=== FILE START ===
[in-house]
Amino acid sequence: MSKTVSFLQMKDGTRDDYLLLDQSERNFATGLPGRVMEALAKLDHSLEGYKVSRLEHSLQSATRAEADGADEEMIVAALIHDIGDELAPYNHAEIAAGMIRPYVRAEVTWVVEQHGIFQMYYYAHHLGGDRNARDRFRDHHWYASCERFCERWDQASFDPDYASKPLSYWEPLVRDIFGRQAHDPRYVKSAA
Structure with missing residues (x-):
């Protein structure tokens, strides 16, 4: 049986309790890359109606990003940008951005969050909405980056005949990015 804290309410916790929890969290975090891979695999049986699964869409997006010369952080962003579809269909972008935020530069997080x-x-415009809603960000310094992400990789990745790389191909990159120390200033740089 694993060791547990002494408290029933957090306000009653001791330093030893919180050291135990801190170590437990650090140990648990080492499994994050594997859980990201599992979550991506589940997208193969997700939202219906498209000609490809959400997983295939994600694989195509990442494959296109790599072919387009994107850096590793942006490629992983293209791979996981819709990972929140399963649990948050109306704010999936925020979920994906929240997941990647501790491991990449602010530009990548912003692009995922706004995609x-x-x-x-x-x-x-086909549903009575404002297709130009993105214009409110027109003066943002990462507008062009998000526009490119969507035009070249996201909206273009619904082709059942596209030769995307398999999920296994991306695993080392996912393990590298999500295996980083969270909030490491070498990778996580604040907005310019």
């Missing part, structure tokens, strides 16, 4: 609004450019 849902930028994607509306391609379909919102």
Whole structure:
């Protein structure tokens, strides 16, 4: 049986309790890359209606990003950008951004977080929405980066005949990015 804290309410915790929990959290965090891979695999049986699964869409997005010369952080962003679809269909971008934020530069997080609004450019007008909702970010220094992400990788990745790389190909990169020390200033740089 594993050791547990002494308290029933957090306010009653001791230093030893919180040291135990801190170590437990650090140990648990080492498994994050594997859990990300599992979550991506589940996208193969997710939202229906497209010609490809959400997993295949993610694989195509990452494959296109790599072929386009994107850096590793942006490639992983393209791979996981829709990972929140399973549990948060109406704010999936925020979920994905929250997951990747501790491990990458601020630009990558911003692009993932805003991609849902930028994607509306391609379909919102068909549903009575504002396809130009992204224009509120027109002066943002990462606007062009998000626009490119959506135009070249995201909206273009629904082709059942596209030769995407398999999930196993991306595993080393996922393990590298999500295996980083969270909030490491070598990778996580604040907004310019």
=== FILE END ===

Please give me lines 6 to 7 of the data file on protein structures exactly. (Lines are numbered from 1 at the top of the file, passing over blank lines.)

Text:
Whole structure:
């Protein structure tokens, strides 16, 4: 049986309790890359209606990003950008951004977080929405980066005949990015 804290309410915790929990959290965090891979695999049986699964869409997005010369952080962003679809269909971008934020530069997080609004450019007008909702970010220094992400990788990745790389190909990169020390200033740089 594993050791547990002494308290029933957090306010009653001791230093030893919180040291135990801190170590437990650090140990648990080492498994994050594997859990990300599992979550991506589940996208193969997710939202229906497209010609490809959400997993295949993610694989195509990452494959296109790599072929386009994107850096590793942006490639992983393209791979996981829709990972929140399973549990948060109406704010999936925020979920994905929250997951990747501790491990990458601020630009990558911003692009993932805003991609849902930028994607509306391609379909919102068909549903009575504002396809130009992204224009509120027109002066943002990462606007062009998000626009490119959506135009070249995201909206273009629904082709059942596209030769995407398999999930196993991306595993080393996922393990590298999500295996980083969270909030490491070598990778996580604040907004310019």